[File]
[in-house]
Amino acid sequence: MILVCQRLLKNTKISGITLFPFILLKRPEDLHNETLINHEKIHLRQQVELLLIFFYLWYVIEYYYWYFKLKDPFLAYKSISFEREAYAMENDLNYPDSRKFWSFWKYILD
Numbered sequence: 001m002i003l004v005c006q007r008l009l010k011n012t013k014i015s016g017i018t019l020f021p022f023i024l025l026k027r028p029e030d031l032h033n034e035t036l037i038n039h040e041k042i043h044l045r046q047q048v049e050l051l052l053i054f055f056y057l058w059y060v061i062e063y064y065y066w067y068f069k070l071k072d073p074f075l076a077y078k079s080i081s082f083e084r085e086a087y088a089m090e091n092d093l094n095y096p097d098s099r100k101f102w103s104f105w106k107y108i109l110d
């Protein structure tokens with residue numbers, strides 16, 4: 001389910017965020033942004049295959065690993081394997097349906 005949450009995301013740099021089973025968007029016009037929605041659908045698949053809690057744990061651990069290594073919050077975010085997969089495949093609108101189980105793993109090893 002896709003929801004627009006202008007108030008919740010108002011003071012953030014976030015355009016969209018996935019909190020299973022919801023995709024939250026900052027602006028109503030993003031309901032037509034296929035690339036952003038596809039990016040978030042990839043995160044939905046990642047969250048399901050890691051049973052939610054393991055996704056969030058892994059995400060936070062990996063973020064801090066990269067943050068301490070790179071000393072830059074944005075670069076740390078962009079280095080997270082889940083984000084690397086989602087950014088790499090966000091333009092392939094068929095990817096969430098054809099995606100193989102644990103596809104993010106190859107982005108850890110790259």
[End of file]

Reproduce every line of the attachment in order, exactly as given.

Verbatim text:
[in-house]
Amino acid sequence: MILVCQRLLKNTKISGITLFPFILLKRPEDLHNETLINHEKIHLRQQVELLLIFFYLWYVIEYYYWYFKLKDPFLAYKSISFEREAYAMENDLNYPDSRKFWSFWKYILD
Numbered sequence: 001m002i003l004v005c006q007r008l009l010k011n012t013k014i015s016g017i018t019l020f021p022f023i024l025l026k027r028p029e030d031l032h033n034e035t036l037i038n039h040e041k042i043h044l045r046q047q048v049e050l051l052l053i054f055f056y057l058w059y060v061i062e063y064y065y066w067y068f069k070l071k072d073p074f075l076a077y078k079s080i081s082f083e084r085e086a087y088a089m090e091n092d093l094n095y096p097d098s099r100k101f102w103s104f105w106k107y108i109l110d
């Protein structure tokens with residue numbers, strides 16, 4: 001389910017965020033942004049295959065690993081394997097349906 005949450009995301013740099021089973025968007029016009037929605041659908045698949053809690057744990061651990069290594073919050077975010085997969089495949093609108101189980105793993109090893 002896709003929801004627009006202008007108030008919740010108002011003071012953030014976030015355009016969209018996935019909190020299973022919801023995709024939250026900052027602006028109503030993003031309901032037509034296929035690339036952003038596809039990016040978030042990839043995160044939905046990642047969250048399901050890691051049973052939610054393991055996704056969030058892994059995400060936070062990996063973020064801090066990269067943050068301490070790179071000393072830059074944005075670069076740390078962009079280095080997270082889940083984000084690397086989602087950014088790499090966000091333009092392939094068929095990817096969430098054809099995606100193989102644990103596809104993010106190859107982005108850890110790259």